Biden speaks positively of high gas prices as a necessary part of an ‘incredible transition’ in energy production

Americans are currently paying near-record prices for gasoline and diesel fuel that are due, at least in part, to President Joe Biden’s disfavorable policies toward the domestic production of energy derived from fossil fuels like coal, oil, and natural gas.

On Monday, Biden seemed to slip up and openly acknowledge that the painfully high costs Americans are paying at the pump are simply part of an “incredible transition” away from a reliance on fossil fuels that he views positively, Breitbart reported.

In other words, the president essentially admitted that more expensive energy is a deliberate and even desirable result of his administration’s policies to force a national transition in domestic energy production away from plentiful and reliable fossil fuels to limited and far less reliable renewable sources like solar and wind.

“Going through an incredible transition”

President Biden’s gaffe on high gas prices came during a joint press conference Monday with Japanese Prime Minister Fumio Kishida as part of the president’s current trip to Asia.

Biden was asked by a reporter about the current state of the U.S. economy and its “record-high inflation” as well as “enormously high gas prices” and whether he thought a recession was imminent.

The president said “No” with regard to a recession and highlighted positive aspects of the economy before fumbling his response on the topic of high gas prices.

“Here’s the situation,” Biden said. “And when it comes to the gas prices, we’re going through an incredible transition that is taking place that, God willing, when it’s over, we’ll be stronger and the world will be stronger and less reliant on fossil fuels when this is over.”

Saying the quiet part out loud

Forbes reported that President Biden appeared to accidentally “say the quiet part out loud” with regard to the costly impact of his own policies on domestic energy production that have all but demonized fossil fuels while championing renewable sources.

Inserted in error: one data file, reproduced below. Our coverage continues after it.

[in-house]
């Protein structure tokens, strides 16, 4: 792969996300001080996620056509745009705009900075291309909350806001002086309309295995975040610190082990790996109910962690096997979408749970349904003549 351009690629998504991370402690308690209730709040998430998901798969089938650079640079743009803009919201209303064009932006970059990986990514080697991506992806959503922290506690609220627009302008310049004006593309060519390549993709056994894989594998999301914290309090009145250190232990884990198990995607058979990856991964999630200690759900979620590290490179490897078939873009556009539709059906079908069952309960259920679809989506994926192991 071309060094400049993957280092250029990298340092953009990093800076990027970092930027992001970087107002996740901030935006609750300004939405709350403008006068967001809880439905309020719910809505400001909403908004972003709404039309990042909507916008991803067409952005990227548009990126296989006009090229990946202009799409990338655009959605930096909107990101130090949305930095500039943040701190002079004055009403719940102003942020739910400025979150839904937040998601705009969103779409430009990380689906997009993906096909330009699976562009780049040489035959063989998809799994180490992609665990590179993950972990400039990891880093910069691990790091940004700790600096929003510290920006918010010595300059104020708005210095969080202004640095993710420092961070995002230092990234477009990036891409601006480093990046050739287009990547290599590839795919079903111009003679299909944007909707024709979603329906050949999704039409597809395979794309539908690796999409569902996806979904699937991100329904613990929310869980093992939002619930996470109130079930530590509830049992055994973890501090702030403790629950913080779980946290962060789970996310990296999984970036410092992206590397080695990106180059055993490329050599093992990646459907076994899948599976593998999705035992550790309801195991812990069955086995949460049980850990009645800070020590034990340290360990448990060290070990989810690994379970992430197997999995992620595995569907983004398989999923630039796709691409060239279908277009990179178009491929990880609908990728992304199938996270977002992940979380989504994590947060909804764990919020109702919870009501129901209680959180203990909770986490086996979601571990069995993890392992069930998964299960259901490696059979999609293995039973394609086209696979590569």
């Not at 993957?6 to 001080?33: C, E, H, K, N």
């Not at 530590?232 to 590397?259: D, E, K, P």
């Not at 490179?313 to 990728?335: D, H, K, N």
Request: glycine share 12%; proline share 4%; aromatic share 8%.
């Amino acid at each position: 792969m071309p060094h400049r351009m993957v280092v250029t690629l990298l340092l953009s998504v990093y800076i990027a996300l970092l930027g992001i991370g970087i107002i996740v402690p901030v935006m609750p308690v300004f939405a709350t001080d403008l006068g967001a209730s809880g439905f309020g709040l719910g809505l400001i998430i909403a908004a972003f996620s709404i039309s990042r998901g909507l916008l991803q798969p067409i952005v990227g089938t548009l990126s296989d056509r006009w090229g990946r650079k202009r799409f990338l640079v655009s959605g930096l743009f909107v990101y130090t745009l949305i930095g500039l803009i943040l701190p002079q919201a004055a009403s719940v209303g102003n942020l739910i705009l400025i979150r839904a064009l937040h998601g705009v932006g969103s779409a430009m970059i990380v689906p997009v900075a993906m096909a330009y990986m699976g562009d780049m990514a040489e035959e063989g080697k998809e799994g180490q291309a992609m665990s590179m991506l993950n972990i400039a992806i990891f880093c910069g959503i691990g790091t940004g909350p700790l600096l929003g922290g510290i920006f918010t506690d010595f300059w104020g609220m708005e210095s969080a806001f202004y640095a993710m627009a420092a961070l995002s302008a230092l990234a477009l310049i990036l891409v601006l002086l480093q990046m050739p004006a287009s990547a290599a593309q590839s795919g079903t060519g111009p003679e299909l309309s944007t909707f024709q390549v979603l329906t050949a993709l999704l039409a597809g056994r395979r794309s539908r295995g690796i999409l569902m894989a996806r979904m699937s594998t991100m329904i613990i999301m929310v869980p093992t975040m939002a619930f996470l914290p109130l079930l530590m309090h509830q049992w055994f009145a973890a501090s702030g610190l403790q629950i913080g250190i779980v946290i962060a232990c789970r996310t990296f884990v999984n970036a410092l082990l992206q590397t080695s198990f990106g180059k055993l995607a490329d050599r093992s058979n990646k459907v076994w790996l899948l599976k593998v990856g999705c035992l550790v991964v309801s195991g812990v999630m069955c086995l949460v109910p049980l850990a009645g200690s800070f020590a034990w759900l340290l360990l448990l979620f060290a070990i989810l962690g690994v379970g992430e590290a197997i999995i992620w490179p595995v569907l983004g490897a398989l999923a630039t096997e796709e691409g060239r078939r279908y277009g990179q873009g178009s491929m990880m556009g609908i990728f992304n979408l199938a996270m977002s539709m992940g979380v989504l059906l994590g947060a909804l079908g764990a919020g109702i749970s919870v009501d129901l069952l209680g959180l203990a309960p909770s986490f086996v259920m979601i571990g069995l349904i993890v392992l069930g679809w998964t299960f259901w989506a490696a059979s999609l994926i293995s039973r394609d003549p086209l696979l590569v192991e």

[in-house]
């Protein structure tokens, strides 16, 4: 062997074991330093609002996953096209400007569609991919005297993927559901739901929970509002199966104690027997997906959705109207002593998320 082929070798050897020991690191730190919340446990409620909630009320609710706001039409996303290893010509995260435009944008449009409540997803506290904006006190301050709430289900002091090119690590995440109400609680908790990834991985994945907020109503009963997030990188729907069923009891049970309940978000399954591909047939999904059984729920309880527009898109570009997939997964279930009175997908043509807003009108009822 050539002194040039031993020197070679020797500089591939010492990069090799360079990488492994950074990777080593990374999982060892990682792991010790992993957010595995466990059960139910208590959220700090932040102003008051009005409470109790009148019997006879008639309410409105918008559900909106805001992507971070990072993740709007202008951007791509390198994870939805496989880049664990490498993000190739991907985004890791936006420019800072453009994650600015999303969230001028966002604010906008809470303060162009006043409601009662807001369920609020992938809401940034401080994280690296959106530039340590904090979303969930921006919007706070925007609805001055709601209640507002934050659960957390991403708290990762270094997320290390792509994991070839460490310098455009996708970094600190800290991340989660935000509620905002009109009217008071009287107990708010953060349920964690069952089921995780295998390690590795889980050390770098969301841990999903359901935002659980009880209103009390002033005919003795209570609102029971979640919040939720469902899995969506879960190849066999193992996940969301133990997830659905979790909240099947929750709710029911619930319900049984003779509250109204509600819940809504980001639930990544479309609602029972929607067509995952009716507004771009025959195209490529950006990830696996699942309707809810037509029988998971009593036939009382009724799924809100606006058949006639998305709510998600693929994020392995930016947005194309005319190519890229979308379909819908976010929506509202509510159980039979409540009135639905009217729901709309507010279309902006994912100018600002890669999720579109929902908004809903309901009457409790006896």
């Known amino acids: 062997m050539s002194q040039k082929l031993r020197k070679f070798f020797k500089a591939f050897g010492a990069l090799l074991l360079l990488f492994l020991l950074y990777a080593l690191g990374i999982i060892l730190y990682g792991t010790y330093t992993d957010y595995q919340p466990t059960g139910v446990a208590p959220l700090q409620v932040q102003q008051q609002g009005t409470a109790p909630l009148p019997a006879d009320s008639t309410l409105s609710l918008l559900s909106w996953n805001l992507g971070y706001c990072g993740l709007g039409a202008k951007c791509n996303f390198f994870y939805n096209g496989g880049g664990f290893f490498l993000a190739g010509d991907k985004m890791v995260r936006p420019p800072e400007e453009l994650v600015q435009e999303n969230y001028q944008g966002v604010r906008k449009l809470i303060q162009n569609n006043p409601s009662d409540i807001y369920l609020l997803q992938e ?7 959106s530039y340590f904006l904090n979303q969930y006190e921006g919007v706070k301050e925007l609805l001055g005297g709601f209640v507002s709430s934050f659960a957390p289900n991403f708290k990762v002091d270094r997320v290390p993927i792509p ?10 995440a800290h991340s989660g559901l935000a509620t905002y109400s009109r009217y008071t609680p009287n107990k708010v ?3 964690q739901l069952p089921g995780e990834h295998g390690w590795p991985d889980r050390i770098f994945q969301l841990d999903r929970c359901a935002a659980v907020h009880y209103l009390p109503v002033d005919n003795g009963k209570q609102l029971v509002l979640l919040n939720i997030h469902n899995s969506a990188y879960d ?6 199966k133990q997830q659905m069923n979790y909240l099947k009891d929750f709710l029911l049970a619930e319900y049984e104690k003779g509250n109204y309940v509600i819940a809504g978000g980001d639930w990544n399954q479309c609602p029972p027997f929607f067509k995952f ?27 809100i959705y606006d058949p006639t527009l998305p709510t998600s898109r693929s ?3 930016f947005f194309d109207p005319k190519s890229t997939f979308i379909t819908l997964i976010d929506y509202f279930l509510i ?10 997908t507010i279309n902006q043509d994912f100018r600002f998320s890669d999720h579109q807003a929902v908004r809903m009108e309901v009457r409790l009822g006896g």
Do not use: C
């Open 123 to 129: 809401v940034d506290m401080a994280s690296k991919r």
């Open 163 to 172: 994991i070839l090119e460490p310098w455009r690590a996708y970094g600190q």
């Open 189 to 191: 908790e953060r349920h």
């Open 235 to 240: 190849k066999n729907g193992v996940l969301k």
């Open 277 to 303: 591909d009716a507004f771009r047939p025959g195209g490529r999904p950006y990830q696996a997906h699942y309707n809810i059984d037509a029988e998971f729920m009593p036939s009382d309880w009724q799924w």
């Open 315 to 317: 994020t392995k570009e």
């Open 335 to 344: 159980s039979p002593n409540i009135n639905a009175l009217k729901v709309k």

That would include policies like the implementation of environmental regulations that restrict energy companies, stalling on permits for new pipelines and facilities to produce and transport liquid natural gas, canceling federal leases for energy exploration, and failing to put forward a new 5-year plan on leases that is required by federal law.

Perhaps realizing the significance of his apparent approval of high gas prices as a necessary element of an “incredible transition” in energy production, Biden then seemed to reverse course and highlight steps his administration has taken to ostensibly limit the economic damage of his own policies, such as an ineffective trickling release of oil from the Strategic Petroleum Reserve.

“And what I’ve been able to do to keep it from getting even worse — and it’s bad. The price of gas at the pump is something that I told you — you heard me say before — it would be a matter of great discussion at my kitchen table when I was a kid growing up. It’s affecting a lot of families,” Biden said. “But we have released over two hundred and, I think, fifty-seven thousand — million barrels of oil, I should say. Us and the rest of the world we convinced to get involved. It’s helped, but it’s not been enough.”

Americans are legitimately suffering from soaring gas prices on top of inflated costs for virtually everything else, but rather than take action to actually address the issue and bring costs down the president has seemingly celebrated those high prices as both necessary and good in his pursuit of a transition in energy production.

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